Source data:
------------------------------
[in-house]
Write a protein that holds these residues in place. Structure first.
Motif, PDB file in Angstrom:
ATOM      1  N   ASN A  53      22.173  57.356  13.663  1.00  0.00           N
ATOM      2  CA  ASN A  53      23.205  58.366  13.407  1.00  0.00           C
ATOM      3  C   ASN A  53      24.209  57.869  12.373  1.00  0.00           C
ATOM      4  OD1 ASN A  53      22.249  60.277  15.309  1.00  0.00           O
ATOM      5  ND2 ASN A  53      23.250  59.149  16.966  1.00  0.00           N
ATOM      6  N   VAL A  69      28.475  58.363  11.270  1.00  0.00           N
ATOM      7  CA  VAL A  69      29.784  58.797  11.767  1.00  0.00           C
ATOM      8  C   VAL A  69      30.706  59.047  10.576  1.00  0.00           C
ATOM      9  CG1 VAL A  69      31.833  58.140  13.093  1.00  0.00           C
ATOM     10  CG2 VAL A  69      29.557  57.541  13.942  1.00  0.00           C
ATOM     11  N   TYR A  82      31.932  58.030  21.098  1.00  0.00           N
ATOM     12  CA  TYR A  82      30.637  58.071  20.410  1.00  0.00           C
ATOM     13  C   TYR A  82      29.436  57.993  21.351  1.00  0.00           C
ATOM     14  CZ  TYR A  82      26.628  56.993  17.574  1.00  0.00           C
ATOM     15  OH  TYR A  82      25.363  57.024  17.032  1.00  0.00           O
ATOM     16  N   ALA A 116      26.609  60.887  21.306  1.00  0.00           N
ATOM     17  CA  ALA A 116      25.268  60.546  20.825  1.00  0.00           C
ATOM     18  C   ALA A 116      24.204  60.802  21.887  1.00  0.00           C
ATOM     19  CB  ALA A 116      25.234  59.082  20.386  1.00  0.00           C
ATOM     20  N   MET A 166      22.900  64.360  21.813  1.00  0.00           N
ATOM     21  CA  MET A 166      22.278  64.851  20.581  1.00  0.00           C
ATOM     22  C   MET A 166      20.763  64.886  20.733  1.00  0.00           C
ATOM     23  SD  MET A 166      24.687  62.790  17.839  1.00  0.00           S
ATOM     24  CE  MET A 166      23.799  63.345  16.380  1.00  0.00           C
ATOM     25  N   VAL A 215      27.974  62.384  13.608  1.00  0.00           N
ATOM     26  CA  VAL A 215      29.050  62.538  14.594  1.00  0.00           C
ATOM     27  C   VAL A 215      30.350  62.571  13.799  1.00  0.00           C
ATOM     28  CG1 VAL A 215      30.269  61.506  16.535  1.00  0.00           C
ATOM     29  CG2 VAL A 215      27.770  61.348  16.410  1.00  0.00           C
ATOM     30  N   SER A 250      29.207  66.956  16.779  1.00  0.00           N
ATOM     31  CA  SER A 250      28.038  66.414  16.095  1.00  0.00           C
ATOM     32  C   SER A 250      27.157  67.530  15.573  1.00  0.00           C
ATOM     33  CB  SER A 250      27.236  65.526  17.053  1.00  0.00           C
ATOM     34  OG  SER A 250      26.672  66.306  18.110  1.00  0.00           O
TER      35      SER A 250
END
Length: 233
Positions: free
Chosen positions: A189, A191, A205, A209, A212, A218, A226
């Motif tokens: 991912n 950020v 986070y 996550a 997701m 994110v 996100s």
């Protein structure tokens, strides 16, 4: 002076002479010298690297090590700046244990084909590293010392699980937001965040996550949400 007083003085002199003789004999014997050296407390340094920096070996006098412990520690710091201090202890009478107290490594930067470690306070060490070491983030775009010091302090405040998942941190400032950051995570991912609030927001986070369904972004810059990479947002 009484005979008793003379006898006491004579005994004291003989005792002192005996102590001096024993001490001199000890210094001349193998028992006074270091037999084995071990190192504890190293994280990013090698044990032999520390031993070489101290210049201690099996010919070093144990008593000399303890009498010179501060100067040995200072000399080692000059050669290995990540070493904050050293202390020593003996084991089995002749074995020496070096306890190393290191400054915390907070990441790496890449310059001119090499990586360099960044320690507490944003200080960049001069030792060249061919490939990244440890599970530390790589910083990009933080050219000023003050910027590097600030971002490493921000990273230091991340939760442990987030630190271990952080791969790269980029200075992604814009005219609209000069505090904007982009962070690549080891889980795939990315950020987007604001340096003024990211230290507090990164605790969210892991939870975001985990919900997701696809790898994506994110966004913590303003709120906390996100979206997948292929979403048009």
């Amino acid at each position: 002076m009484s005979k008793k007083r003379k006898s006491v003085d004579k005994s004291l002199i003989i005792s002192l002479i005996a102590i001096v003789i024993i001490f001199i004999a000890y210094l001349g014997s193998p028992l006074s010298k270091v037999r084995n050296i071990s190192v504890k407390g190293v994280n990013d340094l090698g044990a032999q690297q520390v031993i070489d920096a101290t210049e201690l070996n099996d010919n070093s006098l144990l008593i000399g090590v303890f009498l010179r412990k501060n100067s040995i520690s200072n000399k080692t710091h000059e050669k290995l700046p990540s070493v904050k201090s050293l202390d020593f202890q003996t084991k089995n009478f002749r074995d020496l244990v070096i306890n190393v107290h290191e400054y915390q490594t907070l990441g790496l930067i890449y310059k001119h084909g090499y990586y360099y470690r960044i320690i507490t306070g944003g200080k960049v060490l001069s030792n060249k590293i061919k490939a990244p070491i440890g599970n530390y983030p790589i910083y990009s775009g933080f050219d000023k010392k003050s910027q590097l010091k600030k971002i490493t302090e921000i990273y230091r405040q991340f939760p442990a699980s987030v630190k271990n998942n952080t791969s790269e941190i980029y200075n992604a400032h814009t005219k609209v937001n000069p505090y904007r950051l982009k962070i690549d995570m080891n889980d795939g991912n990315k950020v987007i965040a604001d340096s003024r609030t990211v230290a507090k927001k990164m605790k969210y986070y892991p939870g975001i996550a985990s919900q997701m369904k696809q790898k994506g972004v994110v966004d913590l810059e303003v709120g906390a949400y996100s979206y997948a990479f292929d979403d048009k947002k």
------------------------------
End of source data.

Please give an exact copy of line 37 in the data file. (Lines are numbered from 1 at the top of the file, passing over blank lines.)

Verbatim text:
ATOM     34  OG  SER A 250      26.672  66.306  18.110  1.00  0.00           O